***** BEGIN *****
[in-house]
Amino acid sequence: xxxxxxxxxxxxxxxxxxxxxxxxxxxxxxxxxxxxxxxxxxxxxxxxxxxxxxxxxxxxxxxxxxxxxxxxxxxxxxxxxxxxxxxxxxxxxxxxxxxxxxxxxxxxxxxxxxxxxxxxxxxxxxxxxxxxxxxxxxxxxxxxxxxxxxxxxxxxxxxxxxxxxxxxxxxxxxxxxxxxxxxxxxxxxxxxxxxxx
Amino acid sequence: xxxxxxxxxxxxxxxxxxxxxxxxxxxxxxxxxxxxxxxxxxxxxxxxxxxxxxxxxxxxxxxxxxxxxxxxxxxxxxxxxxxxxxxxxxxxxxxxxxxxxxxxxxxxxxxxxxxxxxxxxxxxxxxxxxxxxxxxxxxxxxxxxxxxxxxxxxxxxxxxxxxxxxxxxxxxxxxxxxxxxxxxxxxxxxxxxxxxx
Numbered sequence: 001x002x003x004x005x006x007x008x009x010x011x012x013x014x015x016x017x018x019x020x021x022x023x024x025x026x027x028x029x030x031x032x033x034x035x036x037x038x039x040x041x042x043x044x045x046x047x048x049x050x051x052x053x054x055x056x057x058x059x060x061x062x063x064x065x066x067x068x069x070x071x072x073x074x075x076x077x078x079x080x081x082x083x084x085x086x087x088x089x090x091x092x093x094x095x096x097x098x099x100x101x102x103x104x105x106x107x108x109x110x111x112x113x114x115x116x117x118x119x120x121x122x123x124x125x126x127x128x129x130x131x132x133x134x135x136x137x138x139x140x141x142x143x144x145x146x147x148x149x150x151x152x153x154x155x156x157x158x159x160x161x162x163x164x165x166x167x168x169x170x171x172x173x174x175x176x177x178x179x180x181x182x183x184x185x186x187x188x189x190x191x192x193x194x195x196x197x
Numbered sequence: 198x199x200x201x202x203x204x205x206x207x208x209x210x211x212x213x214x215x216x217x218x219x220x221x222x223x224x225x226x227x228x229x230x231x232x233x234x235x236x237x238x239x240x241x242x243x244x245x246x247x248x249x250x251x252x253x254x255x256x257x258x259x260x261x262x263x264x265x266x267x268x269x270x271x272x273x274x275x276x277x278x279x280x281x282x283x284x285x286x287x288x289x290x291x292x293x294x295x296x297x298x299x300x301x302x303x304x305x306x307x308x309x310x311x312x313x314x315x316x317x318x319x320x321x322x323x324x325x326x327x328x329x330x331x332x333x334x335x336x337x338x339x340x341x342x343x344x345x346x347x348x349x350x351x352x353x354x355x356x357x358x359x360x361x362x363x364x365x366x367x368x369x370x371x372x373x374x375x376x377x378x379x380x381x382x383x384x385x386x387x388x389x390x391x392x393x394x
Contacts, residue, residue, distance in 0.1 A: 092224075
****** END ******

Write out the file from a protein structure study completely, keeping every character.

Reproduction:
[in-house]
Amino acid sequence: xxxxxxxxxxxxxxxxxxxxxxxxxxxxxxxxxxxxxxxxxxxxxxxxxxxxxxxxxxxxxxxxxxxxxxxxxxxxxxxxxxxxxxxxxxxxxxxxxxxxxxxxxxxxxxxxxxxxxxxxxxxxxxxxxxxxxxxxxxxxxxxxxxxxxxxxxxxxxxxxxxxxxxxxxxxxxxxxxxxxxxxxxxxxxxxxxxxxx
Amino acid sequence: xxxxxxxxxxxxxxxxxxxxxxxxxxxxxxxxxxxxxxxxxxxxxxxxxxxxxxxxxxxxxxxxxxxxxxxxxxxxxxxxxxxxxxxxxxxxxxxxxxxxxxxxxxxxxxxxxxxxxxxxxxxxxxxxxxxxxxxxxxxxxxxxxxxxxxxxxxxxxxxxxxxxxxxxxxxxxxxxxxxxxxxxxxxxxxxxxxxxx
Numbered sequence: 001x002x003x004x005x006x007x008x009x010x011x012x013x014x015x016x017x018x019x020x021x022x023x024x025x026x027x028x029x030x031x032x033x034x035x036x037x038x039x040x041x042x043x044x045x046x047x048x049x050x051x052x053x054x055x056x057x058x059x060x061x062x063x064x065x066x067x068x069x070x071x072x073x074x075x076x077x078x079x080x081x082x083x084x085x086x087x088x089x090x091x092x093x094x095x096x097x098x099x100x101x102x103x104x105x106x107x108x109x110x111x112x113x114x115x116x117x118x119x120x121x122x123x124x125x126x127x128x129x130x131x132x133x134x135x136x137x138x139x140x141x142x143x144x145x146x147x148x149x150x151x152x153x154x155x156x157x158x159x160x161x162x163x164x165x166x167x168x169x170x171x172x173x174x175x176x177x178x179x180x181x182x183x184x185x186x187x188x189x190x191x192x193x194x195x196x197x
Numbered sequence: 198x199x200x201x202x203x204x205x206x207x208x209x210x211x212x213x214x215x216x217x218x219x220x221x222x223x224x225x226x227x228x229x230x231x232x233x234x235x236x237x238x239x240x241x242x243x244x245x246x247x248x249x250x251x252x253x254x255x256x257x258x259x260x261x262x263x264x265x266x267x268x269x270x271x272x273x274x275x276x277x278x279x280x281x282x283x284x285x286x287x288x289x290x291x292x293x294x295x296x297x298x299x300x301x302x303x304x305x306x307x308x309x310x311x312x313x314x315x316x317x318x319x320x321x322x323x324x325x326x327x328x329x330x331x332x333x334x335x336x337x338x339x340x341x342x343x344x345x346x347x348x349x350x351x352x353x354x355x356x357x358x359x360x361x362x363x364x365x366x367x368x369x370x371x372x373x374x375x376x377x378x379x380x381x382x383x384x385x386x387x388x389x390x391x392x393x394x
Contacts, residue, residue, distance in 0.1 A: 092224075